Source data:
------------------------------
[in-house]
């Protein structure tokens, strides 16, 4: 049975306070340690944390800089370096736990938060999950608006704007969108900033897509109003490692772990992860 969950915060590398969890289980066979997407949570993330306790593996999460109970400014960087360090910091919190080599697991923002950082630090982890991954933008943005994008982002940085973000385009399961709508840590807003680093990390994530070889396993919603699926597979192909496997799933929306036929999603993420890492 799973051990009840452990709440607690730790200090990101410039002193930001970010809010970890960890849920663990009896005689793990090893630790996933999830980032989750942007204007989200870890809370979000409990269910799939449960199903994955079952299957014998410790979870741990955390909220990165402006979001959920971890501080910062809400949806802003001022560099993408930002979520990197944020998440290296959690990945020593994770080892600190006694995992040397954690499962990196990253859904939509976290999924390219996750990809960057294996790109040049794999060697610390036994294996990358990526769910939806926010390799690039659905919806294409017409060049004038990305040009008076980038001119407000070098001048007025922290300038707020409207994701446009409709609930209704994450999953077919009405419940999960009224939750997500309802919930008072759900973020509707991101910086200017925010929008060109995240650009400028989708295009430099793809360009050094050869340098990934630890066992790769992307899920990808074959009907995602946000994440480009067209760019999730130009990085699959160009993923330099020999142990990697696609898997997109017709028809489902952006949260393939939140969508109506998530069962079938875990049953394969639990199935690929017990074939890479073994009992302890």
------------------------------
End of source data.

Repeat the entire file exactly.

[in-house]
């Protein structure tokens, strides 16, 4: 049975306070340690944390800089370096736990938060999950608006704007969108900033897509109003490692772990992860 969950915060590398969890289980066979997407949570993330306790593996999460109970400014960087360090910091919190080599697991923002950082630090982890991954933008943005994008982002940085973000385009399961709508840590807003680093990390994530070889396993919603699926597979192909496997799933929306036929999603993420890492 799973051990009840452990709440607690730790200090990101410039002193930001970010809010970890960890849920663990009896005689793990090893630790996933999830980032989750942007204007989200870890809370979000409990269910799939449960199903994955079952299957014998410790979870741990955390909220990165402006979001959920971890501080910062809400949806802003001022560099993408930002979520990197944020998440290296959690990945020593994770080892600190006694995992040397954690499962990196990253859904939509976290999924390219996750990809960057294996790109040049794999060697610390036994294996990358990526769910939806926010390799690039659905919806294409017409060049004038990305040009008076980038001119407000070098001048007025922290300038707020409207994701446009409709609930209704994450999953077919009405419940999960009224939750997500309802919930008072759900973020509707991101910086200017925010929008060109995240650009400028989708295009430099793809360009050094050869340098990934630890066992790769992307899920990808074959009907995602946000994440480009067209760019999730130009990085699959160009993923330099020999142990990697696609898997997109017709028809489902952006949260393939939140969508109506998530069962079938875990049953394969639990199935690929017990074939890479073994009992302890």